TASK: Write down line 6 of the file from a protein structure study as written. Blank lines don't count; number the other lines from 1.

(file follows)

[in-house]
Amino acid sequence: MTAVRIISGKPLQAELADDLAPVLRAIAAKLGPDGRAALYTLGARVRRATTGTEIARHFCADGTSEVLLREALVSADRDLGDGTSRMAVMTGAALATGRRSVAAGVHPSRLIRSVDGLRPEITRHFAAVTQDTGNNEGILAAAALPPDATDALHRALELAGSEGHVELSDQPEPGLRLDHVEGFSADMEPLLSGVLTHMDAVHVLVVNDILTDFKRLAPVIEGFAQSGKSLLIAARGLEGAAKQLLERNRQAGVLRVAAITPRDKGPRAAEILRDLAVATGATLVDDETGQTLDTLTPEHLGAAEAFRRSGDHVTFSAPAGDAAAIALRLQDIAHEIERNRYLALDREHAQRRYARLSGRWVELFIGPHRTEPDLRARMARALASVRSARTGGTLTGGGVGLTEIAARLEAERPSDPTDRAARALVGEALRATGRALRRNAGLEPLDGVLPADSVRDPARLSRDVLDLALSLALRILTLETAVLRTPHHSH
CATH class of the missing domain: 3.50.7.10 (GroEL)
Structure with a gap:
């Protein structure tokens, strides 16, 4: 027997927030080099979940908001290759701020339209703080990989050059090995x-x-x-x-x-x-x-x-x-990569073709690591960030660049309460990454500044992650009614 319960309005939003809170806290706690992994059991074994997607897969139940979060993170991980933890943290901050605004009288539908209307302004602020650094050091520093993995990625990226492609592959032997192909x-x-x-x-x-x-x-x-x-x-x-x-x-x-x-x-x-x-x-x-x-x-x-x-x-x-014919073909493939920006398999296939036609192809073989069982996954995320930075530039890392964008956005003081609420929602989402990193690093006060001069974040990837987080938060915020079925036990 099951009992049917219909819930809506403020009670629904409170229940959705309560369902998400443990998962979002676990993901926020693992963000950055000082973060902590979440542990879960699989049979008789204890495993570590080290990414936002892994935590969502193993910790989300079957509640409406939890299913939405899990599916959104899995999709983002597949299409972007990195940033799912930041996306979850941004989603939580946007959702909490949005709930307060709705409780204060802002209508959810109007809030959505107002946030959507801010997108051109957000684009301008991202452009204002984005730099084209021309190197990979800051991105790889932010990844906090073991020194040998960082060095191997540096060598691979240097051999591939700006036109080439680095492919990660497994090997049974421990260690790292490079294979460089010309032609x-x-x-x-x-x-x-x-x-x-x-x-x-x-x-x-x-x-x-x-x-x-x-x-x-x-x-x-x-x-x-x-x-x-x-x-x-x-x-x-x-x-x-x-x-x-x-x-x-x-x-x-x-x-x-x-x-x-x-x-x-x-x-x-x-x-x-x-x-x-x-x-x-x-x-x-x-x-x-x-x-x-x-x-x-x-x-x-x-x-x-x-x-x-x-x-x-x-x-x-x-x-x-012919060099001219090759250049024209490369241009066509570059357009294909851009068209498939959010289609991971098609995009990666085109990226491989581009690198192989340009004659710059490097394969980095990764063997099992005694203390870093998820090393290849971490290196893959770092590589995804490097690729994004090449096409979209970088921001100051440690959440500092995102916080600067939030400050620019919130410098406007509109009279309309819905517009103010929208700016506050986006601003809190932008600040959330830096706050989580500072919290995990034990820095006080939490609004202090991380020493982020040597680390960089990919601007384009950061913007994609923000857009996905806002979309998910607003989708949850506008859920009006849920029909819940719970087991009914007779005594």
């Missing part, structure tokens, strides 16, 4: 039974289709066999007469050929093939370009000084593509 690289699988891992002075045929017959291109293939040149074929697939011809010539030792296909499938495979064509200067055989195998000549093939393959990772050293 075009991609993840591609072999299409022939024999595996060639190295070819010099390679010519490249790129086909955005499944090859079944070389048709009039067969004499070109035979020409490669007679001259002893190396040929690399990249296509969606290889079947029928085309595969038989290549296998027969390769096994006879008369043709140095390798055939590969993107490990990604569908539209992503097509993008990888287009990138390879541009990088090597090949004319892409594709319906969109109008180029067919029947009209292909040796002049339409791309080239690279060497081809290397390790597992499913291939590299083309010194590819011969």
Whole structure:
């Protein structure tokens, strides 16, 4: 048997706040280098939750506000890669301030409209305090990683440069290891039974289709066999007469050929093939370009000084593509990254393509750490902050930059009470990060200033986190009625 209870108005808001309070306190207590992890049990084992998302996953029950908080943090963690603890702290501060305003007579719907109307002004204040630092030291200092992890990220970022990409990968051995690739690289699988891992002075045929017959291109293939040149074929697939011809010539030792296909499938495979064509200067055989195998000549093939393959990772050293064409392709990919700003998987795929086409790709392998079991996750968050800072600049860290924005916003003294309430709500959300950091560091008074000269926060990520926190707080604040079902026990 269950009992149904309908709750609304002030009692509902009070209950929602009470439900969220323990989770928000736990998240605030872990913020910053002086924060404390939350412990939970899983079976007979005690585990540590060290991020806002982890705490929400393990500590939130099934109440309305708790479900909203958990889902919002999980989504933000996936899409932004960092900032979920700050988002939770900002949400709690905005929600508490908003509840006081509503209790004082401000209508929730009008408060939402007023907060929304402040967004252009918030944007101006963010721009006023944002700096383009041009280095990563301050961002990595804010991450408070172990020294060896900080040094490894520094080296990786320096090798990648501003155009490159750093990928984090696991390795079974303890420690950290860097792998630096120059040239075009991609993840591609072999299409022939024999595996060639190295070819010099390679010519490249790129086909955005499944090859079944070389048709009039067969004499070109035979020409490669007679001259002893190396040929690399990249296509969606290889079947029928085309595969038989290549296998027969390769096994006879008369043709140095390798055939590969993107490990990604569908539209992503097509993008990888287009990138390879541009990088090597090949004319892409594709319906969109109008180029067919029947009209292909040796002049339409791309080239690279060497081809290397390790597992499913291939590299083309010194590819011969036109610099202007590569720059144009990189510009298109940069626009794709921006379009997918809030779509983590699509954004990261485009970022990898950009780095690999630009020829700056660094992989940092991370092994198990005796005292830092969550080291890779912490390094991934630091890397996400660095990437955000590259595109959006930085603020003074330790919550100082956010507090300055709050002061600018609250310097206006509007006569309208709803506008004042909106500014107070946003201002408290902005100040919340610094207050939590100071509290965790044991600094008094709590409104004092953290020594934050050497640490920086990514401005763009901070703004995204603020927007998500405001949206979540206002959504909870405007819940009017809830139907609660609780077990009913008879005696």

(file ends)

């Missing part, structure tokens, strides 16, 4: 039974289709066999007469050929093939370009000084593509 690289699988891992002075045929017959291109293939040149074929697939011809010539030792296909499938495979064509200067055989195998000549093939393959990772050293 075009991609993840591609072999299409022939024999595996060639190295070819010099390679010519490249790129086909955005499944090859079944070389048709009039067969004499070109035979020409490669007679001259002893190396040929690399990249296509969606290889079947029928085309595969038989290549296998027969390769096994006879008369043709140095390798055939590969993107490990990604569908539209992503097509993008990888287009990138390879541009990088090597090949004319892409594709319906969109109008180029067919029947009209292909040796002049339409791309080239690279060497081809290397390790597992499913291939590299083309010194590819011969």